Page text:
Ficus benjamina is certainly one of the favorite plants all around, and deserves to be taken care of diligently.
Basic Ficus benjamina facts
Name – Ficus benjamina
Family – Moraceae (mulberry family)
Type – air-purifying indoor plant
Height – 10 feet (3 meters) indoors, 100 feet (30 meters) outdoors
Soil – indoor plant soil mix
Exposure – bright light but no direct sunlight
Foliage – evergreen
Here are our tips on growing a nice ficus tree and avoid diseases.
- Read also: Ficus ginseng, the small bonsai ficus
Caring for Ficus benjamina
Once properly settled in and if it isn’t disturbed too often, the Ficus tree is a plant that is relatively easy to care for.
Ficus is only picky as regards its exposure, its watering and must be guarded against rapid changes in temperature.
- It must be set in a luminous room but cannot be exposed to direct sunlight.
- Watering is needed when the soil is dry, but without overwatering and always with water at room temperature.
- Lastly, avoid moving it too often, since this tree needs time to adjust to its new setting.
Repotting a Ficus benjamina
After having purchased your ficus tree, it is often preferable to repot it immediately.
You’ll have to repot your ficus tree every 2 or 3 years when the pot grows too small. Here is a video on how to repot your ficus tree.
Diseases that impact Ficus benjamina trees
Ficus trees are vulnerable to mistakes made while growing it, and to certain insects and parasites. Here are the main mistakes that must be avoided and how to treat a diseased ficus tree.
Ficus losing its leaves
Quite common for ficus trees, this is normal as long as the loss is regular and not too many leaves are falling.
If your ficus lost its leaves, check that it is well watered, and eventually proceed to topdress the pot.
- This may also be connected to a change of pots or of place (a mild form of transplant shock).
- It may also lack light, in which case you must provide more light to it.
- Increase moisture in the air, this will help the plant cope in dry indoor environments.
- Finally, the ficus tree hates drafts and that may be enough to cause it to lose its leaves.
It should quickly bounce back more vigorous than ever.
Ficus benjamina leaves turn yellow
This is often caused by a mite attack.
- Simply treat it with organic mite killer sold in horticulture stores.
- Avoid other chemical products, especially for an indoor plant.
White blisters appear on leaves and get all sticky
This is usually due to mealybugs or scale insects. The ficus tree’s leaves are covered in sticky white blobs.
White flies invade the ficus tree
These are whiteflies. Shower off your ficus in the bathroom, that should solve the problem.
But if you can’t move your ficus around easily, spray water on the leaves once or twice a day until the whiteflies disappear.
Watering Ficus benjamina
Its preferable to wait for the soil to have dried up before watering again.
Consequently, water on average once a week.
If the air indoors is quite dry or if it is summertime, it’s possible to water more often, but always wait for the soil to have dried up in the surface layer.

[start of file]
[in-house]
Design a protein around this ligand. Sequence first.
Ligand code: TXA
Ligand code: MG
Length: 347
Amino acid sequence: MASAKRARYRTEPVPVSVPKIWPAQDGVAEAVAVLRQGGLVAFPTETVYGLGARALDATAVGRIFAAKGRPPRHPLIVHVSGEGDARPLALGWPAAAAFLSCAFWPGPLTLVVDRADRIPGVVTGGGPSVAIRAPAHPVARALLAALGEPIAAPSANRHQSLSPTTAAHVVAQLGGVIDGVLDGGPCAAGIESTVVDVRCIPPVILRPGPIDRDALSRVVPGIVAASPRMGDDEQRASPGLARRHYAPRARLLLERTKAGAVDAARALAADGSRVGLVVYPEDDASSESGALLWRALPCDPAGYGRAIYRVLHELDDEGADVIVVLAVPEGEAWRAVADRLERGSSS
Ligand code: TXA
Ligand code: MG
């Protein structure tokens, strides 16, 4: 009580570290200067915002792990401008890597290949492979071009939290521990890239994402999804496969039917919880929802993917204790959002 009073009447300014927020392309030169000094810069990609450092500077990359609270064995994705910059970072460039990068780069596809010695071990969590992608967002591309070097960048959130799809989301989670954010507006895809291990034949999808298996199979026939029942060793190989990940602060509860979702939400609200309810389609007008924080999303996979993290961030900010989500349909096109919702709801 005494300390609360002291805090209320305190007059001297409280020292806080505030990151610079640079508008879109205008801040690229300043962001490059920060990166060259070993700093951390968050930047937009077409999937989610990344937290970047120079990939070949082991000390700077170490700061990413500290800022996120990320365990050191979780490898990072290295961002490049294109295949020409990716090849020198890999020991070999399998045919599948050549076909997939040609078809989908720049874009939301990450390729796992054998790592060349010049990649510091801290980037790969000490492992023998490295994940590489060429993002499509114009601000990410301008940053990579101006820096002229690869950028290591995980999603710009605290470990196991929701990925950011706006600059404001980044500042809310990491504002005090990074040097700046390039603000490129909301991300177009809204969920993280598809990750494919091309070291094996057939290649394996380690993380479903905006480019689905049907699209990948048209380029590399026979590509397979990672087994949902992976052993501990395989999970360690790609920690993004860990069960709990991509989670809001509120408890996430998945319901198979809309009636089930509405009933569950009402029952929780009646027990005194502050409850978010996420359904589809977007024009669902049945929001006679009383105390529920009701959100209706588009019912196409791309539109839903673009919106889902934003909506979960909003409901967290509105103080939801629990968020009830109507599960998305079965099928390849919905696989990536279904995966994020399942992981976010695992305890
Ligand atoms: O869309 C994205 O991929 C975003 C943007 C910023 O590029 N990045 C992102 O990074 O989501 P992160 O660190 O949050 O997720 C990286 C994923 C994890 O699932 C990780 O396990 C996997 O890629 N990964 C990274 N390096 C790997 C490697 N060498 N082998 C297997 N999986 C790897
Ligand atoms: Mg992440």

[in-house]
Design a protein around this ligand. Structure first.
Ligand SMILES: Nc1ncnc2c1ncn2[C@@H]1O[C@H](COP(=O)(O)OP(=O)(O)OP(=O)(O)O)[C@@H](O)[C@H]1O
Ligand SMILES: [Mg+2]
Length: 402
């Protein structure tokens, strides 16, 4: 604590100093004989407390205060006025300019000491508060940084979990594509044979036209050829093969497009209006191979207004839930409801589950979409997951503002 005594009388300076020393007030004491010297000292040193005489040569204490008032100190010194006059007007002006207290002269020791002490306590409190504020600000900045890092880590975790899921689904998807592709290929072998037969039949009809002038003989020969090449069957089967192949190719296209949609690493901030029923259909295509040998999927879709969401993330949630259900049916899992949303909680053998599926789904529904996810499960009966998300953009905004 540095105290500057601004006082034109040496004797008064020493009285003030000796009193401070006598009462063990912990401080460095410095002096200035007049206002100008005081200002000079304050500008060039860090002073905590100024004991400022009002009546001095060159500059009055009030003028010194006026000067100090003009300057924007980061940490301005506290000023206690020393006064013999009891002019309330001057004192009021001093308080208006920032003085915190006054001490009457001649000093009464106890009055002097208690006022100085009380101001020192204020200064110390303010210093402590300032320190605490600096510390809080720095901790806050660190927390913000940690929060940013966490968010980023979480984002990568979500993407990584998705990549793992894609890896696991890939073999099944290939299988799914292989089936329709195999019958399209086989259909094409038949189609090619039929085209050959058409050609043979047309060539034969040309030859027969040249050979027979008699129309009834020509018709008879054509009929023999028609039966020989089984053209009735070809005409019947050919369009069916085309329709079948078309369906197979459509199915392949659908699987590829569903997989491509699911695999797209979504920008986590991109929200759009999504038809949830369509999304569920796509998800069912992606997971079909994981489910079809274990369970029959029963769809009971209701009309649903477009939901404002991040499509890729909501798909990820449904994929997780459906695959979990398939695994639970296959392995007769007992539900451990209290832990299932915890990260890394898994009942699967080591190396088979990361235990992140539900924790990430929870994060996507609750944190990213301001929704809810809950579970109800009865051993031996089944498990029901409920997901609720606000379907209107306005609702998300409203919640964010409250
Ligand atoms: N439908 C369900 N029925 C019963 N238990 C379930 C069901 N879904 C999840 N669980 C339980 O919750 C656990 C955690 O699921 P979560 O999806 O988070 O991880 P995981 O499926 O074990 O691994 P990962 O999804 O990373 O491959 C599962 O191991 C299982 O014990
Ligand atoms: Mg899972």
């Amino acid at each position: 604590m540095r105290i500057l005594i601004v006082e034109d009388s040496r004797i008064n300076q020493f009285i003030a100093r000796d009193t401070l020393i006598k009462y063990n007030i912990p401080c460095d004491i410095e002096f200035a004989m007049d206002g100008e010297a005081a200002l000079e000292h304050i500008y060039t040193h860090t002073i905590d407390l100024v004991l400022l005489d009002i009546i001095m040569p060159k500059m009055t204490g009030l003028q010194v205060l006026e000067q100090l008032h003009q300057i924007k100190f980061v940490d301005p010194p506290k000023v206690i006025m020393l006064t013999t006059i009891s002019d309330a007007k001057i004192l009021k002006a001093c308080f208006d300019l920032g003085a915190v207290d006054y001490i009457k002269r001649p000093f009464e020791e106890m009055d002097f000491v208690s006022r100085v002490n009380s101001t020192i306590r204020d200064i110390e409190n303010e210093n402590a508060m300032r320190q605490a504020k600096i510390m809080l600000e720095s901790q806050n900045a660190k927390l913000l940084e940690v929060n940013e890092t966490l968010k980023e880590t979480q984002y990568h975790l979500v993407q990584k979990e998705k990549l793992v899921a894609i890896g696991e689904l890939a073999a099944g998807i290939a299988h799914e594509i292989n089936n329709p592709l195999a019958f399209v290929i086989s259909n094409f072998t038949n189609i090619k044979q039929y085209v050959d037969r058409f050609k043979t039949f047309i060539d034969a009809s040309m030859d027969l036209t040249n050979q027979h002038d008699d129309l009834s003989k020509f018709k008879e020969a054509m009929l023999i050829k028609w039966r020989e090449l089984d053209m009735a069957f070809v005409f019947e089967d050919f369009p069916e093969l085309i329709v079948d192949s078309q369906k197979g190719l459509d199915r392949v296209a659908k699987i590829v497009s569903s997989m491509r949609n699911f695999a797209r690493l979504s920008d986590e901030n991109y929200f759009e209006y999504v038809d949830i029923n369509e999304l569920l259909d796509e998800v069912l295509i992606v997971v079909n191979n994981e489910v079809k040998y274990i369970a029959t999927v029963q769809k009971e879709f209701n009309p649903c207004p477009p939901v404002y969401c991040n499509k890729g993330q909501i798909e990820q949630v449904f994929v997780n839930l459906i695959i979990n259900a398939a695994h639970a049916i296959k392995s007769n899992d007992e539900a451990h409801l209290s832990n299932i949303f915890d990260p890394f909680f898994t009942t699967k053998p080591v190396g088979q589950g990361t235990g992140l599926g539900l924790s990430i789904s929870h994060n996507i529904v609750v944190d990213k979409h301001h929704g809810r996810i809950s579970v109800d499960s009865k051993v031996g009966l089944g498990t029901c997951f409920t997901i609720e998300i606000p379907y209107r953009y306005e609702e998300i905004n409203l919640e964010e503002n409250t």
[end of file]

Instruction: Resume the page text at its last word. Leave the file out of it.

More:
Of course, in winter or if surrounding moisture levels are high, you may space the watering somewhat.
Feel free however to mist the leaves on a regular basis, this will increase leafage quality and keep the leaves from drying up.
Pruning Ficus benjamina
Many seem to say that Ficus trees hate pruning; actually, the opposite is true: ficus bears pruning very well. If it has grown too tall, or has invaded your living room, simply prune the ficus tree.
Reach for your hand pruner and follow our advice:
- You can prune once a year in any particular season.
- No need to cut the tree back severely, light pruning is enough.
- It will help the foliage grow more dense and beautiful.
Learn more about Ficus benjamina
This Ficus is the most common indoor shrub.
It is appreciated for its aesthetic appeal but also for its highly adaptive survival traits that let it thrive in the most varied settings of our homes, apartments and offices.
The term Ficus means fig and there are over 800 different species that have evolved into different shapes. Some of them remain small shrubs, some of them turn into huge trees. Still others grow to something similar to vines!
Across the planet, about two dozen varieties are available for sale for indoor use. The most common and famous of these is Ficus benjamina. But also interesting is Ficus elastica, known under the name rubber ficus and also Ficus retusa, often grown as a small ficus bonsai.
Smart tip about Ficus
With a pot or garden box and regular topdressing, your Ficus benjamina can grow to reach a magnificent 6 to 10 feet (2 to 3 meters) tall!
- All there is to know about the Ficus forever
- Advice on growing and caring for Ficus ginseng
- Growing and caring for Ficus elastica, the rubber tree
- Planting and harvesting figs from the ficus carica
CC BY 2.0: Andrew Fogg
Flower Council Holland
Pixabay: Alina Kuptsova
My Benjamin’s ficus is about 40yrs old,but now it has really sticky leaves what to do please
Hi Barbara, that’s a nice age for a Ficus! Sticky leaves almost always point to either of two culprits: scale insects or aphids. Both secrete honeydew, which is what usually makes the leaves sticky. Follow the links to those pages to check whether that’s the issue with your ficus or not. If not, feel free to post a few pictures on our forum, you’re sure to get knowledgeable answers there, too.
You can also clean the leaves that seem dirtiest. Use a damp cloth with lightly soapy water for that. Easiest is if you can bring it outside for a gentle hose-down. Use only little water, since too much of it would blast leaves away or hurt them if the temperature difference is too high (tap water is notoriously colder than ambient air).